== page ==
Apartheid and its aftermath: a personal perspective | York Humanists
10 May 1994 saw the formal ending of apartheid and the inauguration of Nelson Mandela as the President of South Africa. The hope was that with a new, painstakingly forged constitution – considered the most liberal in the world – and the greatest statesman of the 20th century as President, South Africa would be embarking on a golden future of racial harmony and general wellbeing.
This talk will take a necessarily idiosyncratic look (given limited direct experience of South Africa since 2002) at how that has turned out to date, and how the legacy of apartheid, and the preceding 300 years of colonial history, have shaped what is happening in South Africa now.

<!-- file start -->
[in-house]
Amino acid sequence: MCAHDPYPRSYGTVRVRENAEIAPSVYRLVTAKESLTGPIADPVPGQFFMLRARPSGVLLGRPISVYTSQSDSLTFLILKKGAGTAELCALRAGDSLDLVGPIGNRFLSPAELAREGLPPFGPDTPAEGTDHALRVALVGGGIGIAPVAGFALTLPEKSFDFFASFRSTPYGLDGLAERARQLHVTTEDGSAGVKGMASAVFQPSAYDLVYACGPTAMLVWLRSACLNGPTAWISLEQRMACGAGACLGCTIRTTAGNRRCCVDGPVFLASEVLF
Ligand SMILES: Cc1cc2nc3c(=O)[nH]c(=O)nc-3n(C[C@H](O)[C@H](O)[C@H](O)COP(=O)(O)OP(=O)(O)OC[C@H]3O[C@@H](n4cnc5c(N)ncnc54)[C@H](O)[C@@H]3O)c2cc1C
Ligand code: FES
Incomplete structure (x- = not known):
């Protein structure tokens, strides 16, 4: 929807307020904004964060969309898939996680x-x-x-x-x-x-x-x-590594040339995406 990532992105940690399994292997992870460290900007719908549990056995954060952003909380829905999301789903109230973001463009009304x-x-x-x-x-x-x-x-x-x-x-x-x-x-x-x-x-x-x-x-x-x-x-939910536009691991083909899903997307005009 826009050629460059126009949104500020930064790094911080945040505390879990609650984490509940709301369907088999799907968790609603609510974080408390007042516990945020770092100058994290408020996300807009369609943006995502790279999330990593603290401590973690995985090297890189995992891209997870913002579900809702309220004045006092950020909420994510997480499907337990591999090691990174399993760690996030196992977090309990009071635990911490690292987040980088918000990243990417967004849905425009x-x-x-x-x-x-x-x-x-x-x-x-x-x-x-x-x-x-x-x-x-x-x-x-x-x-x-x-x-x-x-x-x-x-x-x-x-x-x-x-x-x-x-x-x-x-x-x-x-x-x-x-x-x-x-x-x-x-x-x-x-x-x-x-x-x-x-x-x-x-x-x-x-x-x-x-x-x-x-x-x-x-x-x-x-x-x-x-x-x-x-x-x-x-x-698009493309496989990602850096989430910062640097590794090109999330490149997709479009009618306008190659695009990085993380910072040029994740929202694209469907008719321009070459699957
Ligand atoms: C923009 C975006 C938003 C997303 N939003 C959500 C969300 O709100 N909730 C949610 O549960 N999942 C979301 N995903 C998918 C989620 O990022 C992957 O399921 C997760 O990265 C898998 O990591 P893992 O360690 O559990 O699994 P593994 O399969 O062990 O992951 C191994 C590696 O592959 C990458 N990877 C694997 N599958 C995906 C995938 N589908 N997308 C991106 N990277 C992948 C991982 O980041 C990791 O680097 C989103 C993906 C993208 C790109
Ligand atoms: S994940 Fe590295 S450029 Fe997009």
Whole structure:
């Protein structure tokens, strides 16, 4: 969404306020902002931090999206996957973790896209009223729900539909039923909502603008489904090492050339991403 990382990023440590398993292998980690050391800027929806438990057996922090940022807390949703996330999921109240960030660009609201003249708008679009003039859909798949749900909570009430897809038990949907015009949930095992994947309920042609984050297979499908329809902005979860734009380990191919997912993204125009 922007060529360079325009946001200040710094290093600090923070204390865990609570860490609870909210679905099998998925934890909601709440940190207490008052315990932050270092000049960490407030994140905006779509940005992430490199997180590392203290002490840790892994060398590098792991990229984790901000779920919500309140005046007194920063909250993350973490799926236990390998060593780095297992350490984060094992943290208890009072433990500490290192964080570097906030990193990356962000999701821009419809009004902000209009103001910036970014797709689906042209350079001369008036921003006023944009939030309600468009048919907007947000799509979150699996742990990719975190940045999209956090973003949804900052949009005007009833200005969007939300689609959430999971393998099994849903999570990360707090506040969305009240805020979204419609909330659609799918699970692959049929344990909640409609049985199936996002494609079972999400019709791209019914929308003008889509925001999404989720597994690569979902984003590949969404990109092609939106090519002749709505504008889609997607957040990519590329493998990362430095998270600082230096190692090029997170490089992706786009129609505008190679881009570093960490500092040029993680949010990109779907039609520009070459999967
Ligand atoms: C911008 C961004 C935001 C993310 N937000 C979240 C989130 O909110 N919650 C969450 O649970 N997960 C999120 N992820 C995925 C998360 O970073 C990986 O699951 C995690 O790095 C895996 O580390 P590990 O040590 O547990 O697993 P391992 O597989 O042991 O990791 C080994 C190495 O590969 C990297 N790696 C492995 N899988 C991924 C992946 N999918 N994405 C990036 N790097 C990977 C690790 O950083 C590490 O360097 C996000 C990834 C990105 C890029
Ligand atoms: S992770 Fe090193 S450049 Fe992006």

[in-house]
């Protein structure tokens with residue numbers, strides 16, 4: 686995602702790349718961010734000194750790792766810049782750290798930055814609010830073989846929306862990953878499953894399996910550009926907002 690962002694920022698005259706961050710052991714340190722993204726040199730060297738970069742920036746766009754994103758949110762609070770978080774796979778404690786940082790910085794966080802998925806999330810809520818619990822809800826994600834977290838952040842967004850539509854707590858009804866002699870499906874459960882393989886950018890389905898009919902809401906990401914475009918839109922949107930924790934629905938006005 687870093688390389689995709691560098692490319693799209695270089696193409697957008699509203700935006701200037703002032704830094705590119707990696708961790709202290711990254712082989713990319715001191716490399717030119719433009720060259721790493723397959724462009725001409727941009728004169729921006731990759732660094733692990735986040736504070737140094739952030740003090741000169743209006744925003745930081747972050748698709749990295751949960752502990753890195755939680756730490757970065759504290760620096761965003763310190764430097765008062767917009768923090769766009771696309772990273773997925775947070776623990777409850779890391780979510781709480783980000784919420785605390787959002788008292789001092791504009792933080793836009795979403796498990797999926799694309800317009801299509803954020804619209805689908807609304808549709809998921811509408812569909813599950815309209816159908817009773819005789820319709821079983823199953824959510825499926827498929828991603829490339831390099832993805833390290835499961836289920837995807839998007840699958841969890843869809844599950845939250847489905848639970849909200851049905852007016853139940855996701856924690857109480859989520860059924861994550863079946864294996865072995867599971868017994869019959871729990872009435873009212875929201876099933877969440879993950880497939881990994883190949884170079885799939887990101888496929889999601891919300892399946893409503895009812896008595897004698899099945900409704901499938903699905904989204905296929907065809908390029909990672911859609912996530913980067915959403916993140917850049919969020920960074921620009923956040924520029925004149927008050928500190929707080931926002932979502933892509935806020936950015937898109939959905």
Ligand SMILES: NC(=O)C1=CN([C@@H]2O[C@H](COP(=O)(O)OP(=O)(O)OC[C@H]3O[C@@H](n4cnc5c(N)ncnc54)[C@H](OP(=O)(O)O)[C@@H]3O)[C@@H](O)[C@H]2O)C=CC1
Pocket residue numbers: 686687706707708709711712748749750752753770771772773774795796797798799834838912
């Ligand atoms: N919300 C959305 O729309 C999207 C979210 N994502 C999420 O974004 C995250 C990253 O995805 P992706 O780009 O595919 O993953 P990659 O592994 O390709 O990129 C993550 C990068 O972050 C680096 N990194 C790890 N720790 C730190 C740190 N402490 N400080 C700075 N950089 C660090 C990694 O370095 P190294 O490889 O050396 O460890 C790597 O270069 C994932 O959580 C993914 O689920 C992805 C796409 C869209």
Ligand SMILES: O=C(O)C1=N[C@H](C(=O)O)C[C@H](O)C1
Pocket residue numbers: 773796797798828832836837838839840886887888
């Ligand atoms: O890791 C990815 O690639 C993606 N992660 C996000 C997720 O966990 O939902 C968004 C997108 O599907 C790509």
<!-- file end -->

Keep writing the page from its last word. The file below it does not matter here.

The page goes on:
About David Maughan Brown
Born in Cape Town, brought up in Tanzania, a graduate of Cape Town, Cambridge and Sussex universities, David Maughan Brown taught in the English Department at the University of Natal in Pietermaritzburg, ultimately as Professor of African Literature in English and French, for twenty years under apartheid.
With the ending of apartheid, he took on senior management roles at Natal with a view to accelerating the ‘transformation’ of the university and the HE sector in South Africa more generally, and concluded his time at Natal as Acting Vice Chancellor before moving to York to take on the role of Deputy Vice Chancellor at York St John University.
Retired in 2013, David now chairs the York branch of u3a and the Advisory Board of the Centre for Applied Human Rights at the University of York.
York, YO1 6ET